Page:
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First baby turtles hatched at Alagadi beach! | Spartan Investments

First baby turtles hatched at Alagadi beach!

First baby turtles hatched at Alagadi beach

First baby turtles hatched at Alagadi beach!

Good news! On July 8, the Society for Protection of Turtles (SPOT) announced that the first hatching in 2016 has occurred at Alagadi beach. This is significant because marine turtles are a symbol of Northern Cyprus. The hatching is a major source of joy for the locals.

Earlier, we wrote about SPOT’s and its Marine Turtle Conservation Project’s contribution to preserving marine turtles in Northern Cyprus. Its volunteers have saved thousands of turtles during 30 years of the society’s activity on the island.

Volunteers needed

You can track the news about the hatching on SPOT’s Facebook page. There is more information available on their website. Usually, a day before the hatching, volunteers post announcements on SPOT’s Facebook page. They usually encourage their readers to volunteer. Volunteers generally help the organization deal with the removal of plastic litter on the beach. Plastic litter is one of the biggest threats for young turtles and for many other species. Therefore, SPOT is appealing to would-be volunteers to come to Alagadi beach today, July 11 at 16:00 for cleaning duties.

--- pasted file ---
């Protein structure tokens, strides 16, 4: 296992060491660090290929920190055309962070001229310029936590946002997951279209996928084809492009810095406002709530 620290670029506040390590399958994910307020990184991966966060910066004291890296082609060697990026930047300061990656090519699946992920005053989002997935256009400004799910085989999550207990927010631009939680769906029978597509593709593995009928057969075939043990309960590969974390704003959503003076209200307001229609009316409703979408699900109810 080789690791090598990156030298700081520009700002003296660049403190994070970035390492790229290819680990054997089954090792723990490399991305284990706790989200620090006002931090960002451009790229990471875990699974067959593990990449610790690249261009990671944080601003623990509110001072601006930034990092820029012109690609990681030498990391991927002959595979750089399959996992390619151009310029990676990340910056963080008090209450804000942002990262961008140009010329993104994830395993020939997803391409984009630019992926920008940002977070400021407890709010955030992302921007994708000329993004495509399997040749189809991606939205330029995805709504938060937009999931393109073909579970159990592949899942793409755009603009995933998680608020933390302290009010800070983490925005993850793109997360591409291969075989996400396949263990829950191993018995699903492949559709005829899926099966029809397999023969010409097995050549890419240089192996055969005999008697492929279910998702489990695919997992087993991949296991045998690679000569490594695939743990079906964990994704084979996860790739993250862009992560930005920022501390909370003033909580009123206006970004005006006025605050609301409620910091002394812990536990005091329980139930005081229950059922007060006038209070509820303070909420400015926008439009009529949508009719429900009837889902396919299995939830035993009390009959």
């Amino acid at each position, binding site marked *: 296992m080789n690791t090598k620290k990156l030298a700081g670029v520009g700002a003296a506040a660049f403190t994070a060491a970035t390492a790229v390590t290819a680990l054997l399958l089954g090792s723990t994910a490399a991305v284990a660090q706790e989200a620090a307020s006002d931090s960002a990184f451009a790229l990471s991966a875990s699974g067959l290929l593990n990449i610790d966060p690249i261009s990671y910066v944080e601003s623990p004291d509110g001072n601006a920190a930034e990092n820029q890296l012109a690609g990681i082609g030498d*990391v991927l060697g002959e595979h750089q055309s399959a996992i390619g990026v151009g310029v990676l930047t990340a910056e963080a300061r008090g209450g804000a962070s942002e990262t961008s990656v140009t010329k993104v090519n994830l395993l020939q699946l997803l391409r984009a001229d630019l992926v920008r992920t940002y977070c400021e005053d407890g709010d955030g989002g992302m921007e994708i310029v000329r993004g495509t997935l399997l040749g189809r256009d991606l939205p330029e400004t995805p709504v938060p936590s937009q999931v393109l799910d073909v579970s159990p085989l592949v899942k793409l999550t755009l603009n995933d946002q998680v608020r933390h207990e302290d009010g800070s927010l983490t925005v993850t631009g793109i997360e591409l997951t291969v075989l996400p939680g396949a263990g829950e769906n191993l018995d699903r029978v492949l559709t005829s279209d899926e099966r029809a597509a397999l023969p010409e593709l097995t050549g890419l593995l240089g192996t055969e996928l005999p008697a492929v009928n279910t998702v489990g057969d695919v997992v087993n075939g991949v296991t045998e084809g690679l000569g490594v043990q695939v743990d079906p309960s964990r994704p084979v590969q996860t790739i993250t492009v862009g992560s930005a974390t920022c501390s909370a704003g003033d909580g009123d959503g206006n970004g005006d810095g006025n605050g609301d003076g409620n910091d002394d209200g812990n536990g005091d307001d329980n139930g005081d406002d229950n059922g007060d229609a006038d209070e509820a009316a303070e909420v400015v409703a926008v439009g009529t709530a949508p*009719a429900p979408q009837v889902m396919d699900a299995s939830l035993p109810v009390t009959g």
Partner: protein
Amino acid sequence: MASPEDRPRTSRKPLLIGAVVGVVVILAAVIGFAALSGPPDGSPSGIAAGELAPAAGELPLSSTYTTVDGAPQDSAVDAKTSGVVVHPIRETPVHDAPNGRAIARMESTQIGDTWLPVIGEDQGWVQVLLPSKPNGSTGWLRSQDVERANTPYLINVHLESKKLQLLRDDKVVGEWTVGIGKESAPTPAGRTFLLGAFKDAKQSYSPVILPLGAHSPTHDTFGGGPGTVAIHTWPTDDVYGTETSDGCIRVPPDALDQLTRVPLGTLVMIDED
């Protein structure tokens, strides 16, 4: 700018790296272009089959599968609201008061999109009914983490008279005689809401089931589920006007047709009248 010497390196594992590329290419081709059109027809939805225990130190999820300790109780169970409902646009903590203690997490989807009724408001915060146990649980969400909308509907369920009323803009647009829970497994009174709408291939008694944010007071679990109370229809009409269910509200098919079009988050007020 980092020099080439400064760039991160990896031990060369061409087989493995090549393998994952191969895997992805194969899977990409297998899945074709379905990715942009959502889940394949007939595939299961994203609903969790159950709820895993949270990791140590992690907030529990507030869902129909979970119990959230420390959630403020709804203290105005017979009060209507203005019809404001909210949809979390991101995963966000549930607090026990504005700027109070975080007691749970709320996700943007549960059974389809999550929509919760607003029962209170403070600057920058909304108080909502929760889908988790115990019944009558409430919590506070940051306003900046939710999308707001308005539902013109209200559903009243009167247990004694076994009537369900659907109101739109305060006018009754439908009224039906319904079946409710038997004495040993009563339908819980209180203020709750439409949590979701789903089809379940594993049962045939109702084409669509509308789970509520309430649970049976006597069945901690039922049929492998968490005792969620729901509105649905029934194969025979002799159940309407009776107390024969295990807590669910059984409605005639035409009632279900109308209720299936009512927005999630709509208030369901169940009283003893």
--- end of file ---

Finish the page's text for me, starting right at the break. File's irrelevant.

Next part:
What kind of turtles live in Northern Cyprus?

First baby turtles hatched at Alagadi beach!

There are two species of marine turtles living in the coastal waters of Northern Cyprus. Both of them are considered endangered species. They are the Green Marine Turtle and the Loggerhead Marine Turtle. These giant turtles can easily grow to about one and a half meters long and weigh about 80 – 200 kilos. The biggest animals reach a length of about two meters and a weight of about 500 kilos – almost the size of a horse!

Marine turtles are migratory animals. They spend most of their life thousands kilometers far from the place they were born. However, they always come back to where they hatched in order to give life to the next generation of turtles. In a bid to track these turtles, scientists have placed satellite transmitters on the turtles. This has enabled scientists to track their migration during their lifetime. Due to this study, we know that 30% of all green turtles and 10% of loggerheads come to Northern Cyprus to lay their eggs. Therefore, Northern Cyprus plays an important role in the preservation of the marine turtles.